Monthly Archives: June 2012

Expanding a Linux disk with gparted (and getting swap out of the way)

Over the past year or so there have been a few times where I've need to expand a disk attached to a Debian system.  Now this isn't a hard task by any means, and may not even warrant a blog post, but the matter of it is that I always seem to forget the steps I need to take to get that unallocated space that I've added next to my actual EXT3 partition since the swap partition is always in the way!  So, I thought I would just throw up how I've done it in the past in hopes to maybe help a few others that visit, but more-so for myself and my memory (or lack there of).  Now keep in mind I'm sure there are ways to perform this exact same thing without taking the VM online, or I'm sure there are other 'better' ways to achieve the same results, but this way has worked for me consistently so it's what I chose to do.  Any other suggestions are certainly welcome in the comment box below.

First off, you will need to expand your drive from within the vSphere Client, not rocket science here, pretty simple to do.  Next, get yourself a copy of gparted and mount the ISO to your VM and reboot booting into the gparted interface (accept all defaults for keymap, X, and resolutions, unless of course you like playing…).  So the first thing you will notice inside gparted is that the swap partition is right smack in the middle of your EXT3 partition and the unallocated space. Normally, you could just resize the EXT3 partition and consume the unallocated space, but with swap there you can't.  

So, the goal is to migrate the unallocated space to precede the swap partition.  This is done so using the following procedure..

First, resize your extended partition (not the one labeled linux-swap) to include the free space.  In my case this is done by selecting /dev/sda2 and then selecting the Resize/Move button.  In the popup, simply drag the arrow on the right side of the bar to include all of the free space available and again select Resize/Move.  

Just to note, we are not actually performing and moves or resizes at this point, we are simply just creating a chain of commands that gparted will follow once it is applied.  You can either apply at the end of each step, or wait till the bitter end and do it, its up to you.  Either way when you are done, you should see your unallocated space move into /dev/sda2 as shown below.

So, as you can see from the screen capture, the next thing we need to do is move that swap partition to the end of /dev/sda2.  This will allow us to proceed with the next few steps that we need to perform in order to accomplish our end goal of expanding /dev/sda1.  This time we will need to select the linux-swap partition (/dev/sda5) and select Resize/Move.  Inside the popup, this time click the actual white space inside the partition and drag the complete box over to the right (don't use the arrows).  This will move the swap partition to the end of /dev/sda2 for us which we will next resize.  Once your looking like the below images, again, click 'Resize/Move'.

Alright, now we are getting somewhere, you should be looking pretty similar to the shot below by now.  And yes you guessed it, now we need to move that unallocated space right outside of /dev/sda2 in order to make it available for the expansion of /dev/sda1.

So, once again select /dev/sda2 and select 'Resize/Move'.  This time we will use the arrows.  What we want is to move the left arrow this time to the right all the way over to edge of the yellow box (swap).  This will resize the complete /dev/sda2 to the same size as the swap it contains (/dev/sda5) and in turn, create that unallocated space in between the partitions.  Once done, click 'Resize/Move'.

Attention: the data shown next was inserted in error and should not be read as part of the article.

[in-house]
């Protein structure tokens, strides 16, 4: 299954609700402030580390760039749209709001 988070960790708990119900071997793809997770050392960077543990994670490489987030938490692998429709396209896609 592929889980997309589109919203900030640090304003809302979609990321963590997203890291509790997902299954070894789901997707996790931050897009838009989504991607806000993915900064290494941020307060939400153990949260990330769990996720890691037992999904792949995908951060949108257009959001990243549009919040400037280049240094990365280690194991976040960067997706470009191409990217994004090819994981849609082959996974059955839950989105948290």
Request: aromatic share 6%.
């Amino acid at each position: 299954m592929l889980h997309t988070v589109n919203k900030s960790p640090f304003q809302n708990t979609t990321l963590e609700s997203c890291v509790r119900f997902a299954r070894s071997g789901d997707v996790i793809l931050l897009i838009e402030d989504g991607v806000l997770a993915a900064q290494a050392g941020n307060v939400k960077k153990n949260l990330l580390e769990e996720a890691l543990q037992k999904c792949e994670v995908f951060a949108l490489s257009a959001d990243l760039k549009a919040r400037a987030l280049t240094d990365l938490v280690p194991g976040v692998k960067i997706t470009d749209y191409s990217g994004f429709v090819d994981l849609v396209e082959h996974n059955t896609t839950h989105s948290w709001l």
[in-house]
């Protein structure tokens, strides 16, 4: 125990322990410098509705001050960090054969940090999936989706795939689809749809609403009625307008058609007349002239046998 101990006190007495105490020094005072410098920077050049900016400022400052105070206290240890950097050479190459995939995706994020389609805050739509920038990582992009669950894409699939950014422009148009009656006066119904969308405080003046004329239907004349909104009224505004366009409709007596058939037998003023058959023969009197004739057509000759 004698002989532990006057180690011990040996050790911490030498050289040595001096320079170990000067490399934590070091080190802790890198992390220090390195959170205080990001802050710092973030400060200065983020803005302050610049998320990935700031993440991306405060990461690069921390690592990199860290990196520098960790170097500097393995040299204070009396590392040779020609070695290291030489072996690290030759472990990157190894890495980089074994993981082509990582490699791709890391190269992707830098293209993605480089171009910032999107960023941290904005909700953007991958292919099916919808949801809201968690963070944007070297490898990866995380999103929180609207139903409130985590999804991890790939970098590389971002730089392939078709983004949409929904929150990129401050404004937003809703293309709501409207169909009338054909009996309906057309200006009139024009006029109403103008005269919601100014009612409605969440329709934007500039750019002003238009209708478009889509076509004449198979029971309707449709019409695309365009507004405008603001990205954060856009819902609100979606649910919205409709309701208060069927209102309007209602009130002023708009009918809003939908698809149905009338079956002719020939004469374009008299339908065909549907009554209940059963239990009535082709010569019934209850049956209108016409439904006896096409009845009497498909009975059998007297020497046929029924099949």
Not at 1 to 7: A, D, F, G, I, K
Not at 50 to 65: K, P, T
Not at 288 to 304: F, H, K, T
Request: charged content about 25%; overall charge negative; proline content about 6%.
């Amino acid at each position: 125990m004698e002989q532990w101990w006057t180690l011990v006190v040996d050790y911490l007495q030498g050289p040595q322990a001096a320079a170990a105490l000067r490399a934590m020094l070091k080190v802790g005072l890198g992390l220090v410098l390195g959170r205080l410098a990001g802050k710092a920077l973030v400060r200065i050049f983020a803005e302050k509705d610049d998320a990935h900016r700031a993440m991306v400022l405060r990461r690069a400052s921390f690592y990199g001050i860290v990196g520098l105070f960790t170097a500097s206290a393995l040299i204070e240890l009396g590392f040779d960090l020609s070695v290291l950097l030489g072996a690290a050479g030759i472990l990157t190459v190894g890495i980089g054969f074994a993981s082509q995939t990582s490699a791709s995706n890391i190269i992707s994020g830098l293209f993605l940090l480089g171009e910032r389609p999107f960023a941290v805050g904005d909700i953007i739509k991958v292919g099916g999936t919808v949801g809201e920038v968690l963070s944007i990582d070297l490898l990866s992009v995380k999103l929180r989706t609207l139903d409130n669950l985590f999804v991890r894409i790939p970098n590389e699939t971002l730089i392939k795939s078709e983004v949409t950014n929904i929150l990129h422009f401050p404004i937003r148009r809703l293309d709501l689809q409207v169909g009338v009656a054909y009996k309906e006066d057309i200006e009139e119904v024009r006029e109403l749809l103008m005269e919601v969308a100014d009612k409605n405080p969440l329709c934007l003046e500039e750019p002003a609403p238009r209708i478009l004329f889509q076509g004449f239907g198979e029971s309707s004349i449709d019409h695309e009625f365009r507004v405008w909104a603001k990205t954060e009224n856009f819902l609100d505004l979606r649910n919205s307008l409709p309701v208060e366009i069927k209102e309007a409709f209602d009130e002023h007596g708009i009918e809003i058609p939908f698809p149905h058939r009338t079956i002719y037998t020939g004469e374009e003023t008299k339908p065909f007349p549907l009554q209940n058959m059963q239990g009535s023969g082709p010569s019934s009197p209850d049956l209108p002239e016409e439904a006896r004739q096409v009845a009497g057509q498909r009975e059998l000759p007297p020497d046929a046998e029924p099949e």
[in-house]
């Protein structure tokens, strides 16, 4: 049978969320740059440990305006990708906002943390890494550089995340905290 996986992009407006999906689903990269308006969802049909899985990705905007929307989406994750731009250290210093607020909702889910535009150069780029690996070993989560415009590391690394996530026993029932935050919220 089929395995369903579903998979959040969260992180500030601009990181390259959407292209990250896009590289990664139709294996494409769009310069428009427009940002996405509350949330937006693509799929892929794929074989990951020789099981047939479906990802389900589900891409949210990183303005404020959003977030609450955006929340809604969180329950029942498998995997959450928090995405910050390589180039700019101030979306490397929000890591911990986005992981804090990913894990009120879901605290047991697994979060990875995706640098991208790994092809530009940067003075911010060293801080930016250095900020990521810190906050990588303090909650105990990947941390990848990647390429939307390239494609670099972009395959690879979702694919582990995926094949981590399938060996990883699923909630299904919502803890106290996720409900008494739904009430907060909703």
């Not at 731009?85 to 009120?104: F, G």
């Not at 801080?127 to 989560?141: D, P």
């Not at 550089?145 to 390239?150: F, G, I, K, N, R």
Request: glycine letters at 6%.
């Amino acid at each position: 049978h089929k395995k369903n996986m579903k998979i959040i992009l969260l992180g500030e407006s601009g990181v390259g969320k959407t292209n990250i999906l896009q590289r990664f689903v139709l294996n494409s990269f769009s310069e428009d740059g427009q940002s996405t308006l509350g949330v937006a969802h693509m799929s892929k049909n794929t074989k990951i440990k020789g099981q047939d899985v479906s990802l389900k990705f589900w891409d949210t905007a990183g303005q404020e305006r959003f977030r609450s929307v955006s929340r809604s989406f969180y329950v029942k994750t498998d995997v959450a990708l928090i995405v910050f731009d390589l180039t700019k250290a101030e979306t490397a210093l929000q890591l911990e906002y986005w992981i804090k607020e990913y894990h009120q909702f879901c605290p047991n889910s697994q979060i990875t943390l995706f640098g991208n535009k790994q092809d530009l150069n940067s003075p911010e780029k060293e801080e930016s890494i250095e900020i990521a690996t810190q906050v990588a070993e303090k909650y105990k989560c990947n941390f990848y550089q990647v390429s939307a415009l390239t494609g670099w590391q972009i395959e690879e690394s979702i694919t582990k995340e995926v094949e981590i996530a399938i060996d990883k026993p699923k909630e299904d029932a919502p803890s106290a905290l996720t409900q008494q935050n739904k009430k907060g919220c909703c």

Alright, almost there, you should be somewhat similar to the screenshot below.  Our unallocated space is now directly next to our EXT3 partition and no long a member of /dev/sda2.

At this point I usually apply the first three operations before the expansion.  I've noticed sometimes the process will error out if trying to do the following steps without applying first, so go ahead and apply those operations (Hit 'Apply')

So we are now able to simply extend /dev/sda1 into that unallocated space.  Similar to when we extended /dev/sda2, this time select /dev/sda1, click 'Resize/Move'.  In the popup as we did earlier, select the arrow at the right side of the partition, and drag it to the right to merge sda1 with the unallocated space, when done, select 'Resize/Move'.

So, there you have it!  We have moved that unallocated space into our EXT3 partition.  Go ahead and hit apply again to commit that final change and at the end of the process you should have a larger /dev/sda1.

Now, like I said at the beginning, I'm sure there are ways to do this while the VM is online, or I could be doing things completely wrong, but this way has consistently worked for me for both Linux and Windows guests.  That being said, I'm open to other suggestions, leave them your comments, concerns, thoughts, etc below in the comments … 🙂

Book Review – VMware Certified Professional on vSphere 5 Study Guide by Brian Atkinson

Over that past few weeks I've been lucky enough to be going over a reviewers copy of Brian Atkinson's (blog/twitter) new book VMware Certified Professional on vSphere 5 Study Guide.  During my VCP journey I have been through a lot, and I mean A LOT of study material (listed here) and let me say I wish I would have had this book during my studies.  

First off, when you purchase this book you get way more than just a book.  In addition to the 753 pages, yes, 753 pages of exam oriented material you get the following…

  • Tear card to help you align exam objectives with page numbers in the book.
  • Practice questions at the end of every chapter (key for evaluating and knowing where you stand in certain areas)
  • ONLINE ACCESS – Wow, you get an assessment test, all the chapter questions from the book, flash cards and a searchable glossary!

Honestly, the name of this book could be a little lacking…sure it's a great Study Guide for the VCP 5 certification, but in my opinion it can be used for way more than that.  As a day to day VMware Administration you can (and I have) use this book as a point of reference to flip through and learn how to perform certain tasks, functions, features, etc…

The book is jam packed full of information and real-world scenarios and it is organzied in such a way that aligns with the VCP 5 blueprint.  Aside from just information, there are a ton of exercises or labs that you can go through in order to gain that hands on experience, as well, each chapter ends with a summary, a section outlining the exam essentials for that chapter, and a set of questions to help you assess what you have just read.  This layout makes it very easy for you to be sure that you have accomplished everything that the blueprint requires and helps you prepare for almost anything the VCP 5 exam can throw at you.